Mobile Plant

Israeli quarrying under scrutiny

Consumers of quarry products are alleging that Israel?s
quarrying industry is in the thrall of a relatively small number of companies.
The fear is that this is enabling them to hike their prices.

Shapir Engineering acquired the Roichman quarries in
2005 and Readimix bought a full interest in Lime & Stone in 2008. As a
result, three companies – Hanson, Shapir and Readimix – not only control 17 of
the country’s quarries, but also supply 65.6 per cent of their production.

Between 2006 and 2012, the price of materials produced at the
quarries soared by nearly 70 per cent. The increased cost bumped up the cost of
building and road construction.

The accusations were made in a number of position papers
submitted to a panel reviewing government policy on the exploitation of
the country’s natural resources. Professor Eytan Sheshinski, who also chaired a
panel that explored government policy on oil and natural gas royalties, headed
the committee. 

However, the Manufacturers Association that lists the quarry
owners among its members said that 18 companies operate 36 gravel mines. 

Threat of royalties hike
Quarry industry representatives are also eager to appear
before the committee out of concern that it will embrace a proposal to hike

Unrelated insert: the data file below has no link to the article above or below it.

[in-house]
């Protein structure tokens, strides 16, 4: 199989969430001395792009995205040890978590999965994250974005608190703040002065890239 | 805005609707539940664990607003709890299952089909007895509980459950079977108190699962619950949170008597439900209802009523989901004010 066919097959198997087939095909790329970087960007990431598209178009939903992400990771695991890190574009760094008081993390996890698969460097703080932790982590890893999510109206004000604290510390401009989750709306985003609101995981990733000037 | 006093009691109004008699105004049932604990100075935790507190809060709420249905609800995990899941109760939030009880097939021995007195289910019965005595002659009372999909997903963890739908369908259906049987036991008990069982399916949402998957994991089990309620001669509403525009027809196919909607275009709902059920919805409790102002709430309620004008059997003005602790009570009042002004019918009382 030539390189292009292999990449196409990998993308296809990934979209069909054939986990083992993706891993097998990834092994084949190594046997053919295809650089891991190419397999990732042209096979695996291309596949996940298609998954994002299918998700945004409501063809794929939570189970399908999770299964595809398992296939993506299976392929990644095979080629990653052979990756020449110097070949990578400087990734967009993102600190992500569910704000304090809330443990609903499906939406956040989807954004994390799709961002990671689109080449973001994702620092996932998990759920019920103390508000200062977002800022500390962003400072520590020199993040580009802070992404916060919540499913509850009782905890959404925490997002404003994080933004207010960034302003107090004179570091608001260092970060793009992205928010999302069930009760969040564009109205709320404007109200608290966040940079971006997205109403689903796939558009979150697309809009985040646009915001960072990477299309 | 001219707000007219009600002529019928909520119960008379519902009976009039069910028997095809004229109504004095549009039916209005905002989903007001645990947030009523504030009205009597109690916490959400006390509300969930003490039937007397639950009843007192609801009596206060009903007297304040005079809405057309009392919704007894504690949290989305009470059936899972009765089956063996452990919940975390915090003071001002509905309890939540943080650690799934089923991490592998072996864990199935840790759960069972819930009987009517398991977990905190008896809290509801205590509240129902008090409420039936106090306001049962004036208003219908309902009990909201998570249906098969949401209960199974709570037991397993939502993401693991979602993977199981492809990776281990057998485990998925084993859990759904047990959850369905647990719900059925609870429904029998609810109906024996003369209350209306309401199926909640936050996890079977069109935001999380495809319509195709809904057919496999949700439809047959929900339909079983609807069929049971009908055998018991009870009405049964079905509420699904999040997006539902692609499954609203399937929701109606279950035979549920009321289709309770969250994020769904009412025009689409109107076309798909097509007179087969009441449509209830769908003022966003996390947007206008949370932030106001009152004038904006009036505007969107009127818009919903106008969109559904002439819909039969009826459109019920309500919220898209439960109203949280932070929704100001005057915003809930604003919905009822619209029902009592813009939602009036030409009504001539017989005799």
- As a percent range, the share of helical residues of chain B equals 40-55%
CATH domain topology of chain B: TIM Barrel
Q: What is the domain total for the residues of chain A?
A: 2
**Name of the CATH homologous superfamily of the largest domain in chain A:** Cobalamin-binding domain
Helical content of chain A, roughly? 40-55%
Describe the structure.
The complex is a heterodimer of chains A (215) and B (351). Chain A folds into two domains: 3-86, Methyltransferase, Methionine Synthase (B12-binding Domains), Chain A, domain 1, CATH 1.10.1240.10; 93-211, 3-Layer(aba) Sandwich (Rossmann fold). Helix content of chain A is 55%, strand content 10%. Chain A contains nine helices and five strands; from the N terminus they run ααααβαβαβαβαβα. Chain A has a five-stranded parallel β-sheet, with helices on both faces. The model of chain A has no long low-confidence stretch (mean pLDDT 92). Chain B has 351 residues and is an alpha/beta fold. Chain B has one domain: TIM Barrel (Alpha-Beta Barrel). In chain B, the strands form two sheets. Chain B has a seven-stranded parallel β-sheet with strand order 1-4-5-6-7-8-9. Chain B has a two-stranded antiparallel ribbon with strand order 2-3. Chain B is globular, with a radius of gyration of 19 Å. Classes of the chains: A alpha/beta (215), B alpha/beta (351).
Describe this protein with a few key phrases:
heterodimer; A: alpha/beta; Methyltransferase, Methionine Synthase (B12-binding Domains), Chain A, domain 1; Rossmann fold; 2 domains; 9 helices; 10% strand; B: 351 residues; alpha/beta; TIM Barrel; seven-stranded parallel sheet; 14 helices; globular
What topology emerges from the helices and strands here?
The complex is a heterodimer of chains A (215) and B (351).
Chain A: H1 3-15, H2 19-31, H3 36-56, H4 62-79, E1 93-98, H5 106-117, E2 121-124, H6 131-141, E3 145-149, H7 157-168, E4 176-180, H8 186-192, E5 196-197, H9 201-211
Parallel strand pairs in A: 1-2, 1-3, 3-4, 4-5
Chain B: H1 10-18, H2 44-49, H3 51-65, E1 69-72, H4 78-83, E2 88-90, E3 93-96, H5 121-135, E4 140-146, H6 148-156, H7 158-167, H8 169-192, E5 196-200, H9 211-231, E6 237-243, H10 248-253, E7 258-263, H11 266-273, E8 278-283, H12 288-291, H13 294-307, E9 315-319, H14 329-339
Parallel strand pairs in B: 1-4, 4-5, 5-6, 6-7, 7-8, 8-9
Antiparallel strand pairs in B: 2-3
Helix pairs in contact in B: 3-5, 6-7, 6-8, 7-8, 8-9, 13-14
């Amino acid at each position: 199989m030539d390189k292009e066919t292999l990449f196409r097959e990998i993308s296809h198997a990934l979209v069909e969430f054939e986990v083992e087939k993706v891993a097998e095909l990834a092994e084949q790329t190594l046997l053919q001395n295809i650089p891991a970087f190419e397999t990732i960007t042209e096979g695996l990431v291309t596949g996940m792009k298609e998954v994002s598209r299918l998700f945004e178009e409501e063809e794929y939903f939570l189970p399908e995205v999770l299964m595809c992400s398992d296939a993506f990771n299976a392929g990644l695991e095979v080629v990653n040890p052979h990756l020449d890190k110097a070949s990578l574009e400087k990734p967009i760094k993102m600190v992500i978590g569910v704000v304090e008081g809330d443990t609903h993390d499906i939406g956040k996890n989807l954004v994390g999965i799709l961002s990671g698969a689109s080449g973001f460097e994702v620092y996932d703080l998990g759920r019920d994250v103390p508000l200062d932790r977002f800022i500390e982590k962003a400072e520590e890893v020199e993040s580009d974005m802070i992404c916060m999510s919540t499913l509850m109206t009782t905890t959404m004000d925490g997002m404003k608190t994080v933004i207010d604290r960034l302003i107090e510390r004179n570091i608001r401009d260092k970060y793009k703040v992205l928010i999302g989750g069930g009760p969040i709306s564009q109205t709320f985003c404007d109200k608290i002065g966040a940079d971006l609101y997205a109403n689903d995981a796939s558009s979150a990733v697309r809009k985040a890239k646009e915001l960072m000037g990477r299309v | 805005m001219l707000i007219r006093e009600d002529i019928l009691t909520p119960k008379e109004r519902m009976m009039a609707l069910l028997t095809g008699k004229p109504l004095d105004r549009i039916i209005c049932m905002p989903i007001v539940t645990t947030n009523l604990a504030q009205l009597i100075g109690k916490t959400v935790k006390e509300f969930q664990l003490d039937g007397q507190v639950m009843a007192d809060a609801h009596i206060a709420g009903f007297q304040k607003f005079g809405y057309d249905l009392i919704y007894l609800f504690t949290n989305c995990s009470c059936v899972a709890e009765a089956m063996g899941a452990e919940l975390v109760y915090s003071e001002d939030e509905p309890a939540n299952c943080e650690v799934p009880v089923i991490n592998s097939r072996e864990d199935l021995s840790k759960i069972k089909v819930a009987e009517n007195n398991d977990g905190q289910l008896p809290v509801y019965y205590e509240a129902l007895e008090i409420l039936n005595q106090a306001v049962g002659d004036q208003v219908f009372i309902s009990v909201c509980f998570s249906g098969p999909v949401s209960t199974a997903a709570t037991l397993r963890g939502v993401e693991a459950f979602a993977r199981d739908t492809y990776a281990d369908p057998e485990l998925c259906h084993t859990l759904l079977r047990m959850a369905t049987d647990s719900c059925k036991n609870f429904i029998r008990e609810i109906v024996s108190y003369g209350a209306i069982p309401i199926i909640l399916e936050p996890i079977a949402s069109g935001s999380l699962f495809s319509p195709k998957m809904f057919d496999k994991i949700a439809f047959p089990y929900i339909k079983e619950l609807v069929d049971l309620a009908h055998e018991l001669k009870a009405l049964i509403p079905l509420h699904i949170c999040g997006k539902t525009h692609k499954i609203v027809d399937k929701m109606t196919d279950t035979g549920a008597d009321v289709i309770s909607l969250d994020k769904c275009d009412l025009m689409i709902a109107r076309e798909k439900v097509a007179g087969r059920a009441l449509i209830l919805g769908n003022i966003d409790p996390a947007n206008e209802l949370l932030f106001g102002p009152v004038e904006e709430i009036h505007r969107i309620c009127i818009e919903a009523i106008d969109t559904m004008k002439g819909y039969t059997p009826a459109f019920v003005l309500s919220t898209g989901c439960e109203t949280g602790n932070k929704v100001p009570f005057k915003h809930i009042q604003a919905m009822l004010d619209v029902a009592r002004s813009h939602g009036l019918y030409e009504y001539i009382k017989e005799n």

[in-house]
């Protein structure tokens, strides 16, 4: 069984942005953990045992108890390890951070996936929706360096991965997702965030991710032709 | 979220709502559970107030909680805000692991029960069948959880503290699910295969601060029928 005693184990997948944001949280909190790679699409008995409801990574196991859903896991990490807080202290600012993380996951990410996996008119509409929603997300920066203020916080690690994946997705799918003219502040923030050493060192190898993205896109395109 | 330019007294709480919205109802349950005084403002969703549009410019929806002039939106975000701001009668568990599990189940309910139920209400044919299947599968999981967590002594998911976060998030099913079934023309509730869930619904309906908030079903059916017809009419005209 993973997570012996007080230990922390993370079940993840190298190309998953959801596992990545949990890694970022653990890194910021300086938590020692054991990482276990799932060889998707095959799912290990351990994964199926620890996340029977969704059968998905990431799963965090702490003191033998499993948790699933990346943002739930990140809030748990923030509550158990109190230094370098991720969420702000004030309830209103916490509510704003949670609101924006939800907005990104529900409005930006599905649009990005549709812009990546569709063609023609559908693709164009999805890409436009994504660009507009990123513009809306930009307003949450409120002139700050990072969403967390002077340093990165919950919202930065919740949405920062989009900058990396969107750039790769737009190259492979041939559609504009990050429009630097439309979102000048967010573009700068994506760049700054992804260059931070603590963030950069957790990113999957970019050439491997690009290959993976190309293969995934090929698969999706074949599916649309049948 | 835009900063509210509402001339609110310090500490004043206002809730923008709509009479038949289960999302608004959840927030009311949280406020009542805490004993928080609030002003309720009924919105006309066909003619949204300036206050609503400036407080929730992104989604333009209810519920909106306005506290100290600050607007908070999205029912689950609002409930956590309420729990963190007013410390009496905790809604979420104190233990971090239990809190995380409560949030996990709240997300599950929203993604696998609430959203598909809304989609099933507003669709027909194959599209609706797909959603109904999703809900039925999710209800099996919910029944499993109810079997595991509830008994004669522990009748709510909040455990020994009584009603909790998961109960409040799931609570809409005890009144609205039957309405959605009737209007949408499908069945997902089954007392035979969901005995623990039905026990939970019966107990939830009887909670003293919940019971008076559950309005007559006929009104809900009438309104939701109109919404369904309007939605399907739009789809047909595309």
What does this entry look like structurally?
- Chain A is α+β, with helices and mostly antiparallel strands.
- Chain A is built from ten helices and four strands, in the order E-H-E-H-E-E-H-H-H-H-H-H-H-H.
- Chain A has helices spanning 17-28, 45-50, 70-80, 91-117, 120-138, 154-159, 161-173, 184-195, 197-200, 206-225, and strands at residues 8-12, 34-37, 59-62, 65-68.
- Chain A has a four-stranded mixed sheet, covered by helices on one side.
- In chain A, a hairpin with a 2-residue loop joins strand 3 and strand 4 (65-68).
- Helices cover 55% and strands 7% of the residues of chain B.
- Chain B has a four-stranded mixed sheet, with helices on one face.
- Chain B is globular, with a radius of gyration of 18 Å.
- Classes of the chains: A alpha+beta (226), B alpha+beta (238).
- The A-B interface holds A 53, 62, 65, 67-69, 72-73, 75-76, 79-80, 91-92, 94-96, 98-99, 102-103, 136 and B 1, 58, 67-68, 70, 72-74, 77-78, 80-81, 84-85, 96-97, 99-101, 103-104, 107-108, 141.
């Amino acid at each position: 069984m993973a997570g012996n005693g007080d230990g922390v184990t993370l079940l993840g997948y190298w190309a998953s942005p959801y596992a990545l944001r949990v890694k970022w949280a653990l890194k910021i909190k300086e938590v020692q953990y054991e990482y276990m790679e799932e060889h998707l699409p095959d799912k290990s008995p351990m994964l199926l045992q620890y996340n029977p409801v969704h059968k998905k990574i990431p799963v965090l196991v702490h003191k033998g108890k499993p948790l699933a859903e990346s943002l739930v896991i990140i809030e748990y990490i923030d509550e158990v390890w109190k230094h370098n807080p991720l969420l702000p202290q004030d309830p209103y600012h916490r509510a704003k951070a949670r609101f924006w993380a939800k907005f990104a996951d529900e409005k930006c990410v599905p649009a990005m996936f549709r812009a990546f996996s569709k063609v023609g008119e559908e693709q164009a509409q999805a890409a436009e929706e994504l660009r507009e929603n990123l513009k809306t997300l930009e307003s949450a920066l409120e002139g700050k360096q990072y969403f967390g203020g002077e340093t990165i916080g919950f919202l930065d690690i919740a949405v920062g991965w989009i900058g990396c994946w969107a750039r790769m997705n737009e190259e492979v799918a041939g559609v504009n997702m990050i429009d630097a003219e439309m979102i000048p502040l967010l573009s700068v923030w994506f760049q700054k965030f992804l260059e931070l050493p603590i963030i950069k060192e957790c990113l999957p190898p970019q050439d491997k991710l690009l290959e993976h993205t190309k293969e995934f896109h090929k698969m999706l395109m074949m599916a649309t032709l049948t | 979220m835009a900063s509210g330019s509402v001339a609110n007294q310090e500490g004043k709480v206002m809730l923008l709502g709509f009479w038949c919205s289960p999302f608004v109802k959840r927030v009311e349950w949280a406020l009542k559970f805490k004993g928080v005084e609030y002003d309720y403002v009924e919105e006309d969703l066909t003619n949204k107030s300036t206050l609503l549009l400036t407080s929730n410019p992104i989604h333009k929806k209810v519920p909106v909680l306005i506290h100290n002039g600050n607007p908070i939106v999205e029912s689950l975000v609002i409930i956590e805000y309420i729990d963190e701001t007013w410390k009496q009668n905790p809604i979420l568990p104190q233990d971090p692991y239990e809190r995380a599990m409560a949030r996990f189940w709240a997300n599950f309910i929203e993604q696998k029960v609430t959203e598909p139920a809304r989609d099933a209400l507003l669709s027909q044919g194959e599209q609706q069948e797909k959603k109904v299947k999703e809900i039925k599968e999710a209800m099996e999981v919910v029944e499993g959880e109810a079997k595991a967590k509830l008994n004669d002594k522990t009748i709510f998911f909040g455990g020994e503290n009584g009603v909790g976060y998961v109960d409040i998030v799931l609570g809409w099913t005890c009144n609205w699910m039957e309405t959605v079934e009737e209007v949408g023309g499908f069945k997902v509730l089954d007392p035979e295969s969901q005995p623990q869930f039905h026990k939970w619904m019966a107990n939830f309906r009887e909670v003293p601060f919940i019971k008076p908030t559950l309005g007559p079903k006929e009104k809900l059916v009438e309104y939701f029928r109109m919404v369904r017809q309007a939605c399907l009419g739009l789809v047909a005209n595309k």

the government royalties the quarries pay. 

They say the government fee that goes
into a fund for the rehabilitation of the quarries constitutes 14 per cent of
the price they get for the final product and the price barely exceeds the
cost of production. The association aims to lower the royalty component to
four per cent of the average price to the end user. 

The Sheshinski committee is due to recommend government
royalty policy for the extraction and sale by the private sector of the
country’s natural resources more generally, including quarry production. 

For its part, the Manufacturers Association claims an
increase in state royalties would only strengthen economic concentration
in the sector into the hands of a smaller number of players and further increase
prices pushing up construction costs.

Over the past 20 years, only five government tenders were
issued for new gravel and chalk mines, and none of those are still in operation
today. At the same time, the sector has undergone consolidation.

The prices that mines have been getting for quarry material
have been particularly volatile over the past 15 years. Compared with 1998
prices, they have actually declined somewhat but between 2006 and 2012 shot up
by almost 70 per cent. 

Source: Aggregate Research

Leave a Reply

Send this to a friend